PhotoYou can say what you want about greedy capitalists, money-mad CEOs and so forth, but you can't say there's no fighting spirit in American business anymore.

Here we have two companies, Google and Amazon, that already qualify for the Masters of the Universe title but neither is content to simply suck the bones of those it has already eaten and spit out.

Both continue to scour the battlefield, seeking survivors that it can feast upon. But as the field thins, the titans eventually cast their gaze upon each other.

And so it is that Google, master of the cyberworld, covets what may be the greatest marketing program of the modern era -- Amazon's Prime program. Amazon doesn't release details but anecdotal evidence -- you know, the kind you get looking in the mirror, talking to friends and eavesdropping on strangers -- indicates that Prime members are almost constantly buying something from Amazon.

Personally, not a day goes by that I don't buy a Kindle book or article, buy a piece of work-related electronics gear, order another few boxes of Keurig coffee or find an excuse to buy just a few more LED light bulbs (hey, we all have our little obsessions).

Lots of stuff

On the rare occasions when I visit an actual store, like Fry's football-field-sized electronics store in Burbank, I'm dumbfounded at how much stuff they have just sitting around, hoping someone will come along and buy it. I know, Amazon has all that stuff sitting around too but it's invisible to normal humans, i.e., those who don't work at Amazon.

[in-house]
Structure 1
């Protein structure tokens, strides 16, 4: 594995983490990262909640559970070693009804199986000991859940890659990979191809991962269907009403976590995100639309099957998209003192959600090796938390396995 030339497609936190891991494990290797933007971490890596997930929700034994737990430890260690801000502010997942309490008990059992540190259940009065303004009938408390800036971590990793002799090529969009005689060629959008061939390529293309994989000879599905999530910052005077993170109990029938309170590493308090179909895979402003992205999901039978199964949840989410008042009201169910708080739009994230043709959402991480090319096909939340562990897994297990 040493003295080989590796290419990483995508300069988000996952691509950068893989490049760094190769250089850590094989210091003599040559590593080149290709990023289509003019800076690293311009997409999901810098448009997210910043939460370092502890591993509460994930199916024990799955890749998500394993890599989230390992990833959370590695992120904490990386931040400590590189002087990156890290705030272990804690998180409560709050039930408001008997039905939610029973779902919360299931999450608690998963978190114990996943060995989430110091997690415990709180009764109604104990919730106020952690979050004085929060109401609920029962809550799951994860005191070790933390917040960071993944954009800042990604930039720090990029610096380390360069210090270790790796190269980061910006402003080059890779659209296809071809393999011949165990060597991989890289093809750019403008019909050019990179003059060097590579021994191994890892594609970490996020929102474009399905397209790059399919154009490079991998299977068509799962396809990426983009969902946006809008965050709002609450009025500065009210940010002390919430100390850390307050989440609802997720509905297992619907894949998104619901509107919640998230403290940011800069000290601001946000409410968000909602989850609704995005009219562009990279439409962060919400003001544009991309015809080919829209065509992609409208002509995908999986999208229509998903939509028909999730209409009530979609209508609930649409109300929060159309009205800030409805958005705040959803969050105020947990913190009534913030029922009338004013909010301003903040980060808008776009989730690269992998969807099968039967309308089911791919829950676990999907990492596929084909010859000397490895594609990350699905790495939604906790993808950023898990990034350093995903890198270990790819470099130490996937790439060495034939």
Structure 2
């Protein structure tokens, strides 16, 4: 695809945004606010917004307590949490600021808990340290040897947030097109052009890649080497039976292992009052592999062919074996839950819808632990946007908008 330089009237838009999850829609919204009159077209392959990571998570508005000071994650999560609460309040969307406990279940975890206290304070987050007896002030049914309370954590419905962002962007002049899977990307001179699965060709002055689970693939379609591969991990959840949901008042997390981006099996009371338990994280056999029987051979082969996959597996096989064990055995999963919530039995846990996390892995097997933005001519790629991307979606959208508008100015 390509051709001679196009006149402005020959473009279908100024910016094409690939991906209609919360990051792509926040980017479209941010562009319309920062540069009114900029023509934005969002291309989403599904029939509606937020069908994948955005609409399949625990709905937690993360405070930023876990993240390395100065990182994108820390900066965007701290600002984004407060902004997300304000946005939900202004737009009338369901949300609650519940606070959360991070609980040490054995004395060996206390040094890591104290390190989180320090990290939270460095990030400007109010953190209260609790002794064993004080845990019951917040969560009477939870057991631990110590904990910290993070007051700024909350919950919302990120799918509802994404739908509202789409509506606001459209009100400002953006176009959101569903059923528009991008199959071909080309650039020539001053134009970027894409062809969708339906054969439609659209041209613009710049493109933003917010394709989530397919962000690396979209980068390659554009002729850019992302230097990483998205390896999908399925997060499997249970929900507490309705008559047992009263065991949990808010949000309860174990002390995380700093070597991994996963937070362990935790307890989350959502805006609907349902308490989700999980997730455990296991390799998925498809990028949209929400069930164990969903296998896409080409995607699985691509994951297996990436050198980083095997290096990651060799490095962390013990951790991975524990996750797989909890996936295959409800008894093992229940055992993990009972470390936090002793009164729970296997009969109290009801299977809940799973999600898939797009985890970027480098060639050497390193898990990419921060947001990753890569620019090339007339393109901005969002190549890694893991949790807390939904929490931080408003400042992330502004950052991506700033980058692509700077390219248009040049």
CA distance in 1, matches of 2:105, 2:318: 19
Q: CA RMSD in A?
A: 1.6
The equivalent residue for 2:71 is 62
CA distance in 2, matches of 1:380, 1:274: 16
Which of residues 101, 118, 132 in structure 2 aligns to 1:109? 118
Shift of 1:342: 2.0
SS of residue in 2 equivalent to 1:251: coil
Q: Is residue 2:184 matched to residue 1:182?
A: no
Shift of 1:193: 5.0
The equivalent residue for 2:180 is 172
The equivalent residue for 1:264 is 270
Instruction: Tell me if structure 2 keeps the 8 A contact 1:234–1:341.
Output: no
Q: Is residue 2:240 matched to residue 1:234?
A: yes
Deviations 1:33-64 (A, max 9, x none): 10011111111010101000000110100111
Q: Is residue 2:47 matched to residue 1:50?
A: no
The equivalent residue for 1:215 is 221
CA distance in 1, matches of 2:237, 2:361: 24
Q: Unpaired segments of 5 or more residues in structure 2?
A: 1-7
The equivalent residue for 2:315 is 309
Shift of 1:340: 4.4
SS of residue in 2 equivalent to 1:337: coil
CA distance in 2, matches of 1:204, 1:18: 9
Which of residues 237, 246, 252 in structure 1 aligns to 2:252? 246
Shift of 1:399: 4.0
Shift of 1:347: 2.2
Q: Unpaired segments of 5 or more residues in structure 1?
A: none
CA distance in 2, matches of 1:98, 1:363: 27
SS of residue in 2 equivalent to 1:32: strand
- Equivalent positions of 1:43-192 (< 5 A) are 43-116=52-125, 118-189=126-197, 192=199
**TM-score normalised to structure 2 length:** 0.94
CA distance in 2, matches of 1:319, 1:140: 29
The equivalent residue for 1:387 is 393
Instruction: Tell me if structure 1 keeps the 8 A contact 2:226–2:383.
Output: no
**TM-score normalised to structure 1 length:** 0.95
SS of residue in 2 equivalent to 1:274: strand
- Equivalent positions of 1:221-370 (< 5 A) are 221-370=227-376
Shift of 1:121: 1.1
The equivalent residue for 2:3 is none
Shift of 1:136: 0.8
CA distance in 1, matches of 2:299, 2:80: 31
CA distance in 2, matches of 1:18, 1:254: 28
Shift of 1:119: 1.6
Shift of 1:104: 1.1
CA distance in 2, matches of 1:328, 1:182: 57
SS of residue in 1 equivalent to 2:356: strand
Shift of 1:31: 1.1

PhotoSo anyway, TechCrunch and other industry rags are saying that Google thinks it can match Amazon and steal away some of its prime Prime members, offering same-day delivery service, tentatively called Google Shopping Express.

Same-day delivery is sort of the Higgs Boson of retailing. It's really important but kind of hard to find when you need it.

Drone force

Just how Google thinks it can zap stuff to you the same day when people like Amazon, Walmart and Best Buy haven't managed to roll it out on any kind of scale other than one small enough to fit on your kitchen counter is a question that's still unanswered.

Will it use those driverless Google cars to make the deliveries, maybe? That's fine but how will it get the package from the car to your door -- shoot it from a cannon? Or maybe Big G will have its own air force of drones that will fly over and drop the stuff on your house?

No, it's not quite that exotic. Apparently, from published reports, Google is hoping to serve as a "store shelf" for existing brick-and-mortar stores, like Target and Walgreens. You order the stuff and somebody grabs it off the shelf and zips it over to you.

This is sort of where Google has been headed for a long time. As my colleague Jim Hood pointed out yesterday, Google was once a search engine that, if you wanted to buy a car, helped you find the online sites that would take you to the dealers that had the car you wanted. It's now working to squeeze out the online sites and, for all we know, may hope to crush the dealers as well.

Why not? Want a car, Google it and it will drive itself over to you. Need toothpaste? Google Shopping Express is there for you.

Like Amazon Prime, Google Shopping Express would not be free. You'd pay $70 or so a year. Perhaps, just like Amazon, you'd get free video streaming from Google Play and so forth and so on.

It all sounds just peachy, I guess, though it sometimes seems like grown people with fancy degrees ought to spend their lives on something a little more important, doesn't it? Like that Higgs Boson thing. 

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